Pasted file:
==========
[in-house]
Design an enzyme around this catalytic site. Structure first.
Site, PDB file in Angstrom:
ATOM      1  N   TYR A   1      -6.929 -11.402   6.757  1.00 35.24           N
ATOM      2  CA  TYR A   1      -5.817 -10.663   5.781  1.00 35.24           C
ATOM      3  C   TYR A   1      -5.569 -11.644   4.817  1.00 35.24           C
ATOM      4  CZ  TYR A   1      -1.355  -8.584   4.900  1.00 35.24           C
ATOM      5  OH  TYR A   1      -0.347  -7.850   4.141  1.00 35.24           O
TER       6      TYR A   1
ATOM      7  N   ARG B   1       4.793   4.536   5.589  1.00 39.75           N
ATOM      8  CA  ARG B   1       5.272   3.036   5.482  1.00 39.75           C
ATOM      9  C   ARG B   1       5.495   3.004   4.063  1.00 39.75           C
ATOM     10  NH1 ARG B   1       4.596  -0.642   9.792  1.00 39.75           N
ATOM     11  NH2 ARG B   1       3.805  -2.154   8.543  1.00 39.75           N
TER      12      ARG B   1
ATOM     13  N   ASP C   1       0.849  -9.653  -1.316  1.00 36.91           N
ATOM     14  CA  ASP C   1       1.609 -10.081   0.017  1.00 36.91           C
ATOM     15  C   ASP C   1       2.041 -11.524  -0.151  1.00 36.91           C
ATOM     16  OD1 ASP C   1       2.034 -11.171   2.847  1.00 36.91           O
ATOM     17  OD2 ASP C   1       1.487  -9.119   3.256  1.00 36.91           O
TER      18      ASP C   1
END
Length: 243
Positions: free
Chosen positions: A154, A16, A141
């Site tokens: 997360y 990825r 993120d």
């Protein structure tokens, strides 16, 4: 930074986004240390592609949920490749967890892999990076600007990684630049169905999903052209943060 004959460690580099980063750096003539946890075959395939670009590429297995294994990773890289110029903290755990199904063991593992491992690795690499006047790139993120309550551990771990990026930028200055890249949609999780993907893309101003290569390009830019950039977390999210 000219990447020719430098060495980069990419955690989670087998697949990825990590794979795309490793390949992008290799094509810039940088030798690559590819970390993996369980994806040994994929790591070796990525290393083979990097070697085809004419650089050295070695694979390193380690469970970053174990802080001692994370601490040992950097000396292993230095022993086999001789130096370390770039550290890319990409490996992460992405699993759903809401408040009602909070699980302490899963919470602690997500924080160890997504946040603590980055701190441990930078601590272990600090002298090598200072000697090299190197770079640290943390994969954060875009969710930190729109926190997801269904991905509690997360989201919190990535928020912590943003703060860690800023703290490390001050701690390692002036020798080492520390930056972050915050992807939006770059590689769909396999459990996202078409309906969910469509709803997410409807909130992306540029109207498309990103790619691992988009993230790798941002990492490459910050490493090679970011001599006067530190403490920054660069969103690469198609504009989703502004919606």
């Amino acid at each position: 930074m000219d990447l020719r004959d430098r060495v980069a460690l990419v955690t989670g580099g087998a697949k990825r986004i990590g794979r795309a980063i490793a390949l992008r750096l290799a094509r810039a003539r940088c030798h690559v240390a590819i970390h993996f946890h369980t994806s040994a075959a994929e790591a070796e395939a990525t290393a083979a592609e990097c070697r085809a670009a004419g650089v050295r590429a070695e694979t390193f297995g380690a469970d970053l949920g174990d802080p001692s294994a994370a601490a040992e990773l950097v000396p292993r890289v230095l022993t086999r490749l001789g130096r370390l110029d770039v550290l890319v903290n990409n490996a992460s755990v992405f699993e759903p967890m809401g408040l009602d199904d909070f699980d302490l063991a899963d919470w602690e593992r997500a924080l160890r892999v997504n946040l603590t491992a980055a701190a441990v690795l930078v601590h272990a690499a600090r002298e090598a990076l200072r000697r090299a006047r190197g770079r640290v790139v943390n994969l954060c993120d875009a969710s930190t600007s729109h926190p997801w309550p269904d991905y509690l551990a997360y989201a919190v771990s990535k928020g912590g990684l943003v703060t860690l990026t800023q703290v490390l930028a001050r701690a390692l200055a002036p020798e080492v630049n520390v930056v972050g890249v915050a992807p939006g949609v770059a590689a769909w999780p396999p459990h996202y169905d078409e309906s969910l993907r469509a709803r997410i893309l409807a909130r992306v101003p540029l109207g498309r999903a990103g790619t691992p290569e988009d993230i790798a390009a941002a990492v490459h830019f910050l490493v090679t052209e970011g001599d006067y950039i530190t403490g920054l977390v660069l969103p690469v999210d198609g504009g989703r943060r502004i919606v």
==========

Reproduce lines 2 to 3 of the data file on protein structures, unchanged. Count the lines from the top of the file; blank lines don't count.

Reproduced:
Design an enzyme around this catalytic site. Structure first.
Site, PDB file in Angstrom: